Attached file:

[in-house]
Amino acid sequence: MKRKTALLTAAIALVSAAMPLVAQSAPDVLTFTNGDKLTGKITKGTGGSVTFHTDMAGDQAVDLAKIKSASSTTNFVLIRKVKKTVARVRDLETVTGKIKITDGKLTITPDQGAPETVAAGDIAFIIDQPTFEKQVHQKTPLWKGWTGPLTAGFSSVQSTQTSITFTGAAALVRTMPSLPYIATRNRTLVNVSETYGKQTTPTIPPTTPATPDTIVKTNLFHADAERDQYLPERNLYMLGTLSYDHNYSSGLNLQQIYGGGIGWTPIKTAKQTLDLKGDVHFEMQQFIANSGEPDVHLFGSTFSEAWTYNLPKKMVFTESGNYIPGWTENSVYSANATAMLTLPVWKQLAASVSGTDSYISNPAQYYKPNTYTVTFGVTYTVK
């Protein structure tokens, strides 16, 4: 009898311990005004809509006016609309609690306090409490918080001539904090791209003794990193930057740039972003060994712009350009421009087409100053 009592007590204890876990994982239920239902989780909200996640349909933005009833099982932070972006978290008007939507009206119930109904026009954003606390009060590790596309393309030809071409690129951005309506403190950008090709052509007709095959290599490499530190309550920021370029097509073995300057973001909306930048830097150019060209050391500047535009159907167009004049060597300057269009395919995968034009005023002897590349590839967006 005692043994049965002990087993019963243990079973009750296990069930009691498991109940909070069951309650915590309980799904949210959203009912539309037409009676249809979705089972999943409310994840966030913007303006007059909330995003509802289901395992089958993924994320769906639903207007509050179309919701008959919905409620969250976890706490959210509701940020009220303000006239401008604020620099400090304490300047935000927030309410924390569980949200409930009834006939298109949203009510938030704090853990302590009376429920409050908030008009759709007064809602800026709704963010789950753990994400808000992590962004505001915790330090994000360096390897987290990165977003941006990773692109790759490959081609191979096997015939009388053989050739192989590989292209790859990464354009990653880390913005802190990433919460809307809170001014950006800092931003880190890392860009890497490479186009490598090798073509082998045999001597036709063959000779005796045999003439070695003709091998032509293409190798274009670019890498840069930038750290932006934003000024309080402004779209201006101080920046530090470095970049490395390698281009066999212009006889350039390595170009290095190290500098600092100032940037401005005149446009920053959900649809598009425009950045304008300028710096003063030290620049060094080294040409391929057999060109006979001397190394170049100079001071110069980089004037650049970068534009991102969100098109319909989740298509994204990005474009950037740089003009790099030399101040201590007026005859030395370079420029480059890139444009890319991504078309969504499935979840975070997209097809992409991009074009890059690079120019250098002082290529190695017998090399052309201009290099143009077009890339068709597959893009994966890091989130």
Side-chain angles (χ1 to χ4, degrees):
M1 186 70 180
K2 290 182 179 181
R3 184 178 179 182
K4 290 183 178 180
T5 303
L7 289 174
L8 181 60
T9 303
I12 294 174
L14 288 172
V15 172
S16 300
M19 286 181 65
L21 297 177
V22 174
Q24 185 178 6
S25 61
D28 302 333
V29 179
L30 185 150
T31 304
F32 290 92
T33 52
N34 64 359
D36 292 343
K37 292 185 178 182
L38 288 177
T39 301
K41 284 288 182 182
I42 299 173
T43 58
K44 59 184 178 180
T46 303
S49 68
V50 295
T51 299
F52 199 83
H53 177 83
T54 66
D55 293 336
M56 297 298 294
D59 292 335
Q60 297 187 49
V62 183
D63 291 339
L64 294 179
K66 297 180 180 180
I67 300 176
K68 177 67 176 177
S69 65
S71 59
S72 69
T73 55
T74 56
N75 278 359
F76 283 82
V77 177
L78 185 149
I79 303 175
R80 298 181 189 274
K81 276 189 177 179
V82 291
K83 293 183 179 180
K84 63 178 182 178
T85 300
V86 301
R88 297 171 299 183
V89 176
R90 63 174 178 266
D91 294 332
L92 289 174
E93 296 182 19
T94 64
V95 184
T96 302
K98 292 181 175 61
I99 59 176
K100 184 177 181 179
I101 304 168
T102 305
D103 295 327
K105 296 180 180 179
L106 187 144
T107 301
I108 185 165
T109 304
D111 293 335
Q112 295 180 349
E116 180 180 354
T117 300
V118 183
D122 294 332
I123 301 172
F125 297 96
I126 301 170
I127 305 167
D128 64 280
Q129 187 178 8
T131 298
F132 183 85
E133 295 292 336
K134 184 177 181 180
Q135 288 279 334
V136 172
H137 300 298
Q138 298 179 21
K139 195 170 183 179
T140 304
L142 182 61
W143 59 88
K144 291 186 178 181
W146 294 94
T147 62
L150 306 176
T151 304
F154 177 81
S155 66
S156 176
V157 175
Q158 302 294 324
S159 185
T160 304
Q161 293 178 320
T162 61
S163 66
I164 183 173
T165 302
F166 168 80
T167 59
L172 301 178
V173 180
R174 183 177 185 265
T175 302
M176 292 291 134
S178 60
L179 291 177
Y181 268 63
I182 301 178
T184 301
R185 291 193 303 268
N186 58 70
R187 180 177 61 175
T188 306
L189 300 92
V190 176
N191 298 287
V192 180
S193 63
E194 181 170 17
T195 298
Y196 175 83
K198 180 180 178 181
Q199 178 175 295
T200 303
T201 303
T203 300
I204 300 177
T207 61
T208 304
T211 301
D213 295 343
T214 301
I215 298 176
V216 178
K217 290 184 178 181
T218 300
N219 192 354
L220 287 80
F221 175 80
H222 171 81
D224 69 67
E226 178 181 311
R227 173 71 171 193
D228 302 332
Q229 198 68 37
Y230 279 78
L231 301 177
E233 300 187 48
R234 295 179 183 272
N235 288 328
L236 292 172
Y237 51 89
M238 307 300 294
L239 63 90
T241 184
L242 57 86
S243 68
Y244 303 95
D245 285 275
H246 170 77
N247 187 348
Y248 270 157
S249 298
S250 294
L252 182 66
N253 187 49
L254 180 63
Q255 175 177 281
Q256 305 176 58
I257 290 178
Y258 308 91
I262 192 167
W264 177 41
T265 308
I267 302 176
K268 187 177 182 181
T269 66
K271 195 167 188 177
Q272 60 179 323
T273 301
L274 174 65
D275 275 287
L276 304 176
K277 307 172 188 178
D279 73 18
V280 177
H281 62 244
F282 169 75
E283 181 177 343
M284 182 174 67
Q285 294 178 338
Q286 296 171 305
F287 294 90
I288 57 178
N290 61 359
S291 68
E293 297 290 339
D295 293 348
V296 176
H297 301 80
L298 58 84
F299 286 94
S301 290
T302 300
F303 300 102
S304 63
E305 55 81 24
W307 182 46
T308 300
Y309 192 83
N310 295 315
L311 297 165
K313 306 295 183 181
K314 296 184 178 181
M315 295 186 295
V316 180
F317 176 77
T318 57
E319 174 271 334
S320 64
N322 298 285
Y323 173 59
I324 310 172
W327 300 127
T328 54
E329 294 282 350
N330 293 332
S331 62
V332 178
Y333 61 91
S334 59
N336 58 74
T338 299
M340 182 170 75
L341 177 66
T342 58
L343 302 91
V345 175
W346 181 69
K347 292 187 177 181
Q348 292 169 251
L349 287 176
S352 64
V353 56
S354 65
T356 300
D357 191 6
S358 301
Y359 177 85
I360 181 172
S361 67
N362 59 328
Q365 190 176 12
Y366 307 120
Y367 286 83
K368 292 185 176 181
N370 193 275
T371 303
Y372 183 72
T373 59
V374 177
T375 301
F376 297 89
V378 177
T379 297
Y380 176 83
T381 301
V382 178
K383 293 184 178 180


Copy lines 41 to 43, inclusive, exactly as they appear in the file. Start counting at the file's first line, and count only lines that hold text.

F52 199 83
H53 177 83
T54 66